These 6 National Parks Are Requiring Reservations This Summer
A handful of parks are sticking with a day pass reservation system in an effort to limit the influx of crowds that overran select destinations last year.
Outdoor migrations soared last year as pandemic-induced restrictions compelled many to look for any and all measures to combat cabin fever.
So substantial was the surge that numerous national parks reopening following months of COVID-related closures shattered previously held visitor number records. Yellowstone National Park, for example, hosted more than 360,000 visitors in October 2020, a number that obliterated the previous October visitor record by more than 100,000.
Similarly, Zion and Glacier national parks saw a rush of visitors upon loosening restrictions. Grand Teton National Park, meanwhile, welcomed more than 350,000 people last October. By contrast, the same destination played host to just 186,185 visitors in October 2016.
As vaccinations rollouts continue, visitor numbers are expected to remain high. In response, a handful of parks are sticking with a day-pass reservation system in an effort to limit the influx of crowds that, in some cases last year, overran treasured destinations.
The parks and their accompanying reservation requirements are listed below.
Glacier National Park
Western Montana’s crown jewel will begin requiring tickets to drive the picturesque Going-to-the-Sun Road starting Memorial Day Weekend, a measure expected to run through early September.
Those entering the park through the West Entrance or St. Mary entrance will need a Glacier National Park Ticketed Entry pass, which can be purchased through recreation.gov. Many Glacier, North Fork, Two Medicine, Cut Bank, Chief Mountain Highway, and Polebridge entrances do not currently require reservations. Likewise, those entering on foot or by bicycle do not need a reservation.
Additional information on purchasing tickets for Glacier National Park can be found on the National Park Service page.
Yosemite National Park
The iconic valley nestled in California’s Sierra Nevada range implemented a reservation system last year in the wake of COVID shutdowns that is now being resurrected due to anticipation of eager crowds.
Vehicle entry into Yosemite National Park until September 30 will require advance reservations that can be booked through recreation.gov. A limited number of spots will be made available one week prior to desired arrival. Day-use permits are valid for three consecutive days, the Park Service announced.
For updated information on Yosemite’s reservation system, visit the NPS page.
Rocky Mountain National Park
Colorado’s most visited park will be implementing a reservation system from until October 11. And it’s a good thing, too. Having just visited there, I can attest to the overwhelming swarms of visitors already descending upon popular hiking trails like Bear and Emerald lakes, where I had to step off trails numerous times to allow groups ranging from 10 to 20 people to pass.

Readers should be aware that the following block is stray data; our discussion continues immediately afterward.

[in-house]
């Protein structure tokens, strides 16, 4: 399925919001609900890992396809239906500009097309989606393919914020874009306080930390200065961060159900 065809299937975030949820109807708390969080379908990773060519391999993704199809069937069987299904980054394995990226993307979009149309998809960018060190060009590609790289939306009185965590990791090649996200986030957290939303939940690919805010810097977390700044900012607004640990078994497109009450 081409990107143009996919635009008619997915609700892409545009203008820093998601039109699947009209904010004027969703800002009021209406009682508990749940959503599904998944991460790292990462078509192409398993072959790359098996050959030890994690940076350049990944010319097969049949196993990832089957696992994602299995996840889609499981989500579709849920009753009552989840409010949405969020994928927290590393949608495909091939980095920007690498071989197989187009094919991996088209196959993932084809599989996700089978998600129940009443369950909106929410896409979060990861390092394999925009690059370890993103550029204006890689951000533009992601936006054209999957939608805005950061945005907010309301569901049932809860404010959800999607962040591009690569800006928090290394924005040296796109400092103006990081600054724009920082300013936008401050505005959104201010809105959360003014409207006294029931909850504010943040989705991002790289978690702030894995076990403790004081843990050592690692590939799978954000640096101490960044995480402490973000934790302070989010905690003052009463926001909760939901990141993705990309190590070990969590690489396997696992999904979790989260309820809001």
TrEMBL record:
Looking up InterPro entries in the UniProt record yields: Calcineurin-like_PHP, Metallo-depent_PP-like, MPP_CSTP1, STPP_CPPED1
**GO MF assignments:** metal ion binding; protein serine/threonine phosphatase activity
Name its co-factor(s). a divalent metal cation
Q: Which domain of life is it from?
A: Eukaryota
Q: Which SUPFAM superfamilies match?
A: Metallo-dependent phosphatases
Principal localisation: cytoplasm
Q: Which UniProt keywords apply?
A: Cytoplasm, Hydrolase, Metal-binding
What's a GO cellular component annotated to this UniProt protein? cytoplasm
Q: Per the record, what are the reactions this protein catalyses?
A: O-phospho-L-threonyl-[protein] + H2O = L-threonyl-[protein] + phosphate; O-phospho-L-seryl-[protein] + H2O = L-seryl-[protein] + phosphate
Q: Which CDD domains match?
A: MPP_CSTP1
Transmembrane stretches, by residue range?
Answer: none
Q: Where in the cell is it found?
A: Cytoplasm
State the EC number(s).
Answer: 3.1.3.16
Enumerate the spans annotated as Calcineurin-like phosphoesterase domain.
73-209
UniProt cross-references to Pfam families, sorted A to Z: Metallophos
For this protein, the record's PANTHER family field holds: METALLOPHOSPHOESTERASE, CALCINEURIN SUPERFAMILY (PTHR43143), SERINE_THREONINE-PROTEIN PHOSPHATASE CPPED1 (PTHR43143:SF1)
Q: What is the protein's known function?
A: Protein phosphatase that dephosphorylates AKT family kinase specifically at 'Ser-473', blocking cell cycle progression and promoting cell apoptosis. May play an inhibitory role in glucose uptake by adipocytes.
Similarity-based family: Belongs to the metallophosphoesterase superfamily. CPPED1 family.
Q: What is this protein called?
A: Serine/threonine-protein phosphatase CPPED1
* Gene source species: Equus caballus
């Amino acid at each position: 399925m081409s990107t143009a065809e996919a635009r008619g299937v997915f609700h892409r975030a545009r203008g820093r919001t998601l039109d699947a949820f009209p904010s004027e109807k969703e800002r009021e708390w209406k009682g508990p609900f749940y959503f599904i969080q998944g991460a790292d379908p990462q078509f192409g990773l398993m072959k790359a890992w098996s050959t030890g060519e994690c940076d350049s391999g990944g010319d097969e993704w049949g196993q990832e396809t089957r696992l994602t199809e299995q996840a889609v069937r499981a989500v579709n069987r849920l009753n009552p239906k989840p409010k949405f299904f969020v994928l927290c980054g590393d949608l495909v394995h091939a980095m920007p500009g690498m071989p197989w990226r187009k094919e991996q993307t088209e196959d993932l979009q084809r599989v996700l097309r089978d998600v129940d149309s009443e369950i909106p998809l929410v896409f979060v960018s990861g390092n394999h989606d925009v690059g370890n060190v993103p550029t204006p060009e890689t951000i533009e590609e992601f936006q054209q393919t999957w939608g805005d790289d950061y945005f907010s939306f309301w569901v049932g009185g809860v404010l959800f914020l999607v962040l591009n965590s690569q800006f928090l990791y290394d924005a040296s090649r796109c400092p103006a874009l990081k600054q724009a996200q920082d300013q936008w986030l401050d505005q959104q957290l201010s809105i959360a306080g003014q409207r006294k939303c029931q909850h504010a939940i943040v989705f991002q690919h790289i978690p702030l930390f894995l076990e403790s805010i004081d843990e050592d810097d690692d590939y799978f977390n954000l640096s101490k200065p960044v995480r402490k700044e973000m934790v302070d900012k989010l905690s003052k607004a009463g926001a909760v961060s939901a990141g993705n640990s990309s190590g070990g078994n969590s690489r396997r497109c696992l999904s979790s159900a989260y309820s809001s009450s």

To curtail the rush, the RMNP reservation system will book only between 75 and 85 percent capacity. No reservations will be required for visitors coming before 5 a.m. or after 6 p.m., the Park Service announced.
Reservations are currently available for August. On August 1, reservations will be made available for dates through September. Likewise, reservations through October, November, and December will be available on the first of the previous month. A quarter of all permits, meanwhile, will be made available for purchase the day prior.
Tickets and additional information for Rocky Mountain National Park can be found at recreation.gov.
Zion National Park
The small, yet awe-inspiring park located in southwest Utah has closed its famed Zion Canyon Scenic Drive until November. That means staging areas for attractions like Angels Landing, the Narrows, Emerald Pools, and the West Rim Trail must now be accessed via Zion’s shuttle system.
Additional information on visiting Zion can be found at recreation.gov.
Haleakalā National Park
A reservation system for Hawaii’s Haleakalā National Park, a popular attraction for sunrise viewing due to boasting Maui’s highest peak, was instituted four years ago to stifle overcrowding.
That same system will remain in place this year, with reservations required for each vehicle entering between 3 a.m. and 7 a.m. Reservations can be booked up to 60 days in advance.
Learn more about reserving a sunrise visit to a place Mark Twain once called “the sublimest spectacle I ever witnessed” at recreation.gov.
Acadia National Park
It might not pertain to many of our readers who call the West home, but if you’re feeling ambitious, Maine’s Acadia National Park is well worth the visit.
Venturing to the rocky, coastal park on the northeastern edge of the lower 48 won’t necessitate a reservation. However, displaying a pass on your vehicle’s windshield is required. In-person pass sales may be limited, so park officials are recommending advanced booking. Additional reservations are needed if wanting to venture up the popular Cadillac Summit Road.
Acadia National Park tickets can be found at recreation.gov.